Boston, April 14, 2016 — Mayor Martin J. Walsh today announced the strategic rebranding of the Mayor’s Office for Immigrant Advancement, formerly known as the Mayor’s Office of New Bostonians, to help encompass the evolving needs of Boston’s immigrant community. As part of a concerted effort to empower immigrant residents and recognize their contributions to our city, Mayor Walsh also launched Immigrant Information Corners at the Boston Public Library’s Central Library in Copley Square and 24 neighborhood branches to provide information about resources and services available to help advance the well-being of the city’s immigrant residents.
Mayor Walsh and immigrant couple Mr. and Mrs. Tieyi Huang (bostonese.com file photo).
The Mayor’s Office for Immigrant Advancement signifies the administration’s proactive engagement of the immigrant community by encouraging their active participation in the city’s policies and programs. Twenty-seven percent of Boston residents are foreign-born, and nearly half of Boston Public School students have a foreign-born parent.
“In the City of Boston our immigrant population represents a dynamic and growing landscape and it is our hope that with this rebranding effort and the launch of Immigrant Information Corners, we are better able to serve our immigrant residents,” said Mayor Walsh. “Immigrants interact with the city’s library branches more than any other city agency, which offers us a great opportunity to engage our residents in their neighborhoods. The impact that immigrants have on our city will continue to grow in the years ahead and it is important that we plan for this growth and make sure it reaches everyone.”
“While service referrals and cultural celebrations will always be vital functions or our office, we will now focus on bringing important voices into key conversations,” said Alejandra St. Guillen, Director of the Mayor’s Office for Immigrant Advancement. “This will shape how the City designs and develops policies, convenes diverse external stakeholders for important initiatives, and works collaboratively across departments to improve service delivery.”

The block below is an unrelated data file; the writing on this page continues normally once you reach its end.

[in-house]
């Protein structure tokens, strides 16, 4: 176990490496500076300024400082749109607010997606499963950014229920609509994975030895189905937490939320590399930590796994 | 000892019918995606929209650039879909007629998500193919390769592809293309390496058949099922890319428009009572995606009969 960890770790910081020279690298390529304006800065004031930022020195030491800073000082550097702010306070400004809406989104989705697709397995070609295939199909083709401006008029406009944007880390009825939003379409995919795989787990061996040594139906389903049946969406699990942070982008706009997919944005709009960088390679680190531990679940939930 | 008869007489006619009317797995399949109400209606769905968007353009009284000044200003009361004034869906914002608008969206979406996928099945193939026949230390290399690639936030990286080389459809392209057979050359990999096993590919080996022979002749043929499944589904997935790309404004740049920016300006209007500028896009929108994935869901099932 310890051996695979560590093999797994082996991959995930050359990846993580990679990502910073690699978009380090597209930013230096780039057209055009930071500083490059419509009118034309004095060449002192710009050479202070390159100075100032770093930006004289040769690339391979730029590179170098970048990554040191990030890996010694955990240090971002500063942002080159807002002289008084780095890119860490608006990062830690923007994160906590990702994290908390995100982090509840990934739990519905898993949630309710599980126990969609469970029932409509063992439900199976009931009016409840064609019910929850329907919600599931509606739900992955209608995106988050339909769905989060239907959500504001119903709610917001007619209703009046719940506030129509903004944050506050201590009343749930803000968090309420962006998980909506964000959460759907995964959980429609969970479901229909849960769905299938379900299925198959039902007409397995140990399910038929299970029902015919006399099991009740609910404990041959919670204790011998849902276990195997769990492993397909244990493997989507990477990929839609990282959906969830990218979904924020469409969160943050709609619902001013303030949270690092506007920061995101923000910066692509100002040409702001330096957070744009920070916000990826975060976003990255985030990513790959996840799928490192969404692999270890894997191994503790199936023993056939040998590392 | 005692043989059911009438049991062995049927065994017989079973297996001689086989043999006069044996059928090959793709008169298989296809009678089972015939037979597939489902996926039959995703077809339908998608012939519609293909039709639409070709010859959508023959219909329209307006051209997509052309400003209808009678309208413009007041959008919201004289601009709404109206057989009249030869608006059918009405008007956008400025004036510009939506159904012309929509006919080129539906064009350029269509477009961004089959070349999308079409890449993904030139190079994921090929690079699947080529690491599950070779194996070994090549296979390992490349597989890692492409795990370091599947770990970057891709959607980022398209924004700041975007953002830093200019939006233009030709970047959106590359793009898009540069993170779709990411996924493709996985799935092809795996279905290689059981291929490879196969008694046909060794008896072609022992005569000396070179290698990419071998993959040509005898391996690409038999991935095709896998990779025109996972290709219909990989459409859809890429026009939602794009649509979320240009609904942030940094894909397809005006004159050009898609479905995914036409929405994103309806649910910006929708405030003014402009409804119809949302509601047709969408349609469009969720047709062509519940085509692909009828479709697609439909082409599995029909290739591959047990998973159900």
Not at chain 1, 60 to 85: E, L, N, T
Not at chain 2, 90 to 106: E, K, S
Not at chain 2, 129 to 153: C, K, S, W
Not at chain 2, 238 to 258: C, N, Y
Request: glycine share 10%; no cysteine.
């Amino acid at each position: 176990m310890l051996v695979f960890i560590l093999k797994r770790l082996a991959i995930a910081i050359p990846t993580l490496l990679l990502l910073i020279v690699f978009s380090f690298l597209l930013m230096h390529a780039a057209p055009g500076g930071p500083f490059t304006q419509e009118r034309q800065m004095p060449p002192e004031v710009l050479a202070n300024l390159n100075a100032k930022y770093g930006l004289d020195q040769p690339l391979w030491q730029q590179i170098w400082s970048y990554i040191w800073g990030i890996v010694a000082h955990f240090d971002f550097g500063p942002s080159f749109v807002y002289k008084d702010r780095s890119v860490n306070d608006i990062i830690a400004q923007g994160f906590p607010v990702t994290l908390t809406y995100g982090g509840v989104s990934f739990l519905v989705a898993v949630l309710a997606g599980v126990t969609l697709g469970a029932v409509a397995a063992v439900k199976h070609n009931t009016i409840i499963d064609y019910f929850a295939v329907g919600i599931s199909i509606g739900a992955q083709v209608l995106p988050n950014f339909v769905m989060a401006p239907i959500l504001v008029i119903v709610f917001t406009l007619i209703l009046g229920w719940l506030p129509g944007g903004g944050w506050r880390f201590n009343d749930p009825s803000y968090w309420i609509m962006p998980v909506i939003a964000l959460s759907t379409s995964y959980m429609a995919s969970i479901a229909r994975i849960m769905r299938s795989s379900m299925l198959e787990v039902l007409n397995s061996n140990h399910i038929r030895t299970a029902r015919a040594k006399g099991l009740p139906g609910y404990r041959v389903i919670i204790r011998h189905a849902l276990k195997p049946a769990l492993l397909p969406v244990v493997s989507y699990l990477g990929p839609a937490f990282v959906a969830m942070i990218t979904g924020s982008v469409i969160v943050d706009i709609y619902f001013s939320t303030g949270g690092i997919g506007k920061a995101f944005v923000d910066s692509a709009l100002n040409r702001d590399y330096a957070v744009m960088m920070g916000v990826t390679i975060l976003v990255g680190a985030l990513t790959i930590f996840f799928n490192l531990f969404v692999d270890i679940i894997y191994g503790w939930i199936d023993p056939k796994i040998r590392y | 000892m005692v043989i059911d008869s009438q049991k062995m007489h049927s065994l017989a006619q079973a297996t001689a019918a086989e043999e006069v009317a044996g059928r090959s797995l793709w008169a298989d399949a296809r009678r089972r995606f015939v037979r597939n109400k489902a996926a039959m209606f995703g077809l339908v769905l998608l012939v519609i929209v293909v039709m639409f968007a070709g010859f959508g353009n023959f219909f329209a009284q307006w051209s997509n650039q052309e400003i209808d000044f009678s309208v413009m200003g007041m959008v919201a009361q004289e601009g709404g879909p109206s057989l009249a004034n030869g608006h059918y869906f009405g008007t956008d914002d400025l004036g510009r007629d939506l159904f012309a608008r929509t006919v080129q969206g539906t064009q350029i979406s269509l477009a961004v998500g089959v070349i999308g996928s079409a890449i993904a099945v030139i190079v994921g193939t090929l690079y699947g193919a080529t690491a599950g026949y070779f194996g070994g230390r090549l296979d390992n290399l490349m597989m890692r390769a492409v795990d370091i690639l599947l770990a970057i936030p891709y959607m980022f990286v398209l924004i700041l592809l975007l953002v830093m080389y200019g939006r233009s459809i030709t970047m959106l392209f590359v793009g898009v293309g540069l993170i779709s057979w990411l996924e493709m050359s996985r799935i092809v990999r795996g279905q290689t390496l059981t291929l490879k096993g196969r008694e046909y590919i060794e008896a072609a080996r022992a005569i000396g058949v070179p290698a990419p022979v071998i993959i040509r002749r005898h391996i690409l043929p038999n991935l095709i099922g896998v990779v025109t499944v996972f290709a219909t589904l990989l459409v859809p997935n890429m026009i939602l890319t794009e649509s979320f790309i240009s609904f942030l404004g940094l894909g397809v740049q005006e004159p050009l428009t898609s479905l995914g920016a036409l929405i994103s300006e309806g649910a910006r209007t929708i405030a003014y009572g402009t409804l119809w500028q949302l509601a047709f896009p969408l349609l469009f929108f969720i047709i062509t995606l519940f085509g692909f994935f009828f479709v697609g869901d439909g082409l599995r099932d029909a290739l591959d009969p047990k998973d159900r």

The launch of the Immigrant Information Corners is the result of a letter of agreement signed by Mayor Walsh and Leon Rodriguez, Director of U.S. Citizenship and Immigration Services (USCIS), in June 2015 to promote citizenship in Boston by providing materials on the naturalization process, warning residents about scams, and highlighting the benefits and responsibilities of U.S. citizenship.
The Immigrant Information Corners will also provide information about financial empowerment resources and general public and community services. Some Immigrant Information Corners will feature information sessions, office hours, and workshops. The initiative involves a collaboration between the Mayor’s Office for Immigrant Advancement, USCIS, the Boston Public Library, the Mayor’s Office of Financial Empowerment and community organizations. Staffing and programming for the Immigrant Information Corners is made possible through the support of Boston Cares, Corporation for National and Community Service, and Citi Community Development.
“Libraries are a very important resource for the whole community, and with new Immigrant Information Corners throughout the city they will play an increasingly significant role, providing critical information on the journey towards becoming a citizen,” said David Leonard, Boston Public Library Interim President.
“We are pleased to be part of today’s launch of Immigrant Information Corners at the Boston Public Library,” said Denis Riordan, USCIS Boston District Director. “Boston’s aspiring citizens will now be able to visit their local library branch to find free USCIS citizenship preparation information and materials. Our nation’s libraries play a vital role in serving immigrant communities, and we are proud to join in this announcement during National Library Week. ”
Connected to the overall vision for the Mayor’s Office for Immigrant Advancement, Mayor Walsh also announced the formation of the City’s Task Force on Foreign-Trained Professionals to explore how city government can support residents who have received workforce training or higher education from outside of the United States. Additionally, the Boston Redevelopment Authority published “Imagine All the People” a series of demographic reports based on country or origin for our residents that provides a comprehensive profile of Boston’s diverse immigrant communities.